Romanian artist colors hundreds of trees to protest against illegal logging

Romanian visual artist Mihai Topescu, together with other artists and volunteers, painted hundreds of trees in Dumbrava Forest, Gorj County, as a sign of protest against illegal logging.

They used eco-friendly paint to color the over 600 trees, reports local Mediafax.

Around 30 volunteers participated in the project called Art Land “Gradina Paradisului” (Art Land “The Garden of Paradise”), between June 30 and July 3. They painted the trees in many colors, such as yellow, purple, blue, green, and red, turning the forest into a tourist attraction.

Mihai Topescu, the project's initiator, said that coloring the trees was aimed at turning the forest into a space of meditation, reflection, and self-discovery. Moreover, it was also “some kind of manifesto against everything that happens with deforestation, an artistic manifesto.”

The artist also said that the project would continue next year, expanding to the forest across the road from this one, if the owners agree. However, the artist has other plans for the other forest, different from what happened in Dumbrava Forest.

Illegal logging is still a major problem in Romania, despite the public effort to combat it. A total of 9,444 cases of illegal logging were registered in Romania in 2016, which represents an average of 26 cases per day, according to a Greenpeace Romania report.

Irina Marica, irina.marica@romania-insider.com

(Photo source: Adrian Tudor on Facebook)

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Romanian artist colors hundreds of trees to protest against illegal logging

Romanian visual artist Mihai Topescu, together with other artists and volunteers, painted hundreds of trees in Dumbrava Forest, Gorj County, as a sign of protest against illegal logging.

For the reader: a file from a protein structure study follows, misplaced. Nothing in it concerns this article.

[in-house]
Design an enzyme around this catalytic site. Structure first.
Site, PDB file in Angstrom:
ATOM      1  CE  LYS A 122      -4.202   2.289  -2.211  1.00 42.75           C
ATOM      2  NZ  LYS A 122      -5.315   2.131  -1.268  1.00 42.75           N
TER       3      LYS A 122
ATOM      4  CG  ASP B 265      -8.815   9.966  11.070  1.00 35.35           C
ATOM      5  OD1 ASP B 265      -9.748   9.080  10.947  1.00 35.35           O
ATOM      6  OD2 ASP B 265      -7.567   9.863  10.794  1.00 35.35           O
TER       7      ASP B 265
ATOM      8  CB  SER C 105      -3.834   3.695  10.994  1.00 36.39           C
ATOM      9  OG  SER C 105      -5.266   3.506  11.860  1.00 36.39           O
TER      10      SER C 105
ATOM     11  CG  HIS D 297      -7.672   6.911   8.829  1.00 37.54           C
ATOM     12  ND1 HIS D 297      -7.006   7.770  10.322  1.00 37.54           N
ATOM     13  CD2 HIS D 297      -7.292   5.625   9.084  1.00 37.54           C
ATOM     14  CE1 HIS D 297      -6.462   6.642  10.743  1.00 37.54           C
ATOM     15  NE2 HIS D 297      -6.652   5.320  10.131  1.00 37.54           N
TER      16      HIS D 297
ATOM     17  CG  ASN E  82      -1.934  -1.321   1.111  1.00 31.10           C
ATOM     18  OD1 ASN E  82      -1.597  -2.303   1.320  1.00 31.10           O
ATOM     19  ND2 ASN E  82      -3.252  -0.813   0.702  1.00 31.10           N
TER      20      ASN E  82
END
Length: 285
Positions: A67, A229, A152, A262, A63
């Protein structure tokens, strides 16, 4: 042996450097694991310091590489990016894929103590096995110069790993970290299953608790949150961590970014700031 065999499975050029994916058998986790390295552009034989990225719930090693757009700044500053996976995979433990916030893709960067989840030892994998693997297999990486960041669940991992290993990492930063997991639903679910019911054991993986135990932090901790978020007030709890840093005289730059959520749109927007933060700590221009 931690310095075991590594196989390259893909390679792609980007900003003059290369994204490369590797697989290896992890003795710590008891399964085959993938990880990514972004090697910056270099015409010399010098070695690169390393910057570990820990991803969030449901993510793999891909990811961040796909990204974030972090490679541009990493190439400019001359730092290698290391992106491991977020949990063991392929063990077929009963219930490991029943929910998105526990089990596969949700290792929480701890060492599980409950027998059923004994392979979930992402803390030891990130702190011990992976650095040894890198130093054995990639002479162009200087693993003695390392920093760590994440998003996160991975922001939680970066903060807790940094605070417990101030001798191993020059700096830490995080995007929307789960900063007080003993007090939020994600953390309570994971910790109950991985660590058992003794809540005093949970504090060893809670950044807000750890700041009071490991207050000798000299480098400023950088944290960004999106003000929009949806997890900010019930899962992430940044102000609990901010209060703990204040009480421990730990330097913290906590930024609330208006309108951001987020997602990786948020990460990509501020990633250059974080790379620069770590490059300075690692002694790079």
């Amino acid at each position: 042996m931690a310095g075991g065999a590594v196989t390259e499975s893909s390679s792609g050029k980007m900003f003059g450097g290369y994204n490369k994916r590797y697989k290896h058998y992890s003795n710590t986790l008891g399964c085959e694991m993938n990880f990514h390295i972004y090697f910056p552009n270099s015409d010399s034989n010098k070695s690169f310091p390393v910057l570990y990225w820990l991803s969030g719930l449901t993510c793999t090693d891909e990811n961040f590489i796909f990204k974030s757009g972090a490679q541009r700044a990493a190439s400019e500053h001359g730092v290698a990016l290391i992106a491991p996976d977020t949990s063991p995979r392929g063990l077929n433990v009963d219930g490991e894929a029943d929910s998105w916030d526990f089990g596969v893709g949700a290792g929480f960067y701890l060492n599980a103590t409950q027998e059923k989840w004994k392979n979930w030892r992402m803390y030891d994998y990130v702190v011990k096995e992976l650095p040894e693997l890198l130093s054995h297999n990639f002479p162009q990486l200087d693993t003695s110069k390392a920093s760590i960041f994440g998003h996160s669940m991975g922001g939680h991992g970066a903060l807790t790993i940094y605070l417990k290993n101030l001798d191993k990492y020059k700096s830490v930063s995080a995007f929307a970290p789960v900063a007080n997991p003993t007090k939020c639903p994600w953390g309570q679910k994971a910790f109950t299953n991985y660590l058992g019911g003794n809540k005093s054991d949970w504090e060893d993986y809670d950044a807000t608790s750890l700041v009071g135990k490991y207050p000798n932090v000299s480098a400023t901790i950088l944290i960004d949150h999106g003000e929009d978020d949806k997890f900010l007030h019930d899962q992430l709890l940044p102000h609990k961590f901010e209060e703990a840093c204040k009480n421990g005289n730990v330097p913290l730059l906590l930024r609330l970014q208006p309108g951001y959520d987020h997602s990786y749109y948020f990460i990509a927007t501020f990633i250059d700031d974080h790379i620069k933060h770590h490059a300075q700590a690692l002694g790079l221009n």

They used eco-friendly paint to color the over 600 trees, reports local Mediafax.

Around 30 volunteers participated in the project called Art Land “Gradina Paradisului” (Art Land “The Garden of Paradise”), between June 30 and July 3. They painted the trees in many colors, such as yellow, purple, blue, green, and red, turning the forest into a tourist attraction.

Mihai Topescu, the project's initiator, said that coloring the trees was aimed at turning the forest into a space of meditation, reflection, and self-discovery. Moreover, it was also “some kind of manifesto against everything that happens with deforestation, an artistic manifesto.”

The artist also said that the project would continue next year, expanding to the forest across the road from this one, if the owners agree. However, the artist has other plans for the other forest, different from what happened in Dumbrava Forest.

Illegal logging is still a major problem in Romania, despite the public effort to combat it. A total of 9,444 cases of illegal logging were registered in Romania in 2016, which represents an average of 26 cases per day, according to a Greenpeace Romania report.

Irina Marica, irina.marica@romania-insider.com

(Photo source: Adrian Tudor on Facebook)

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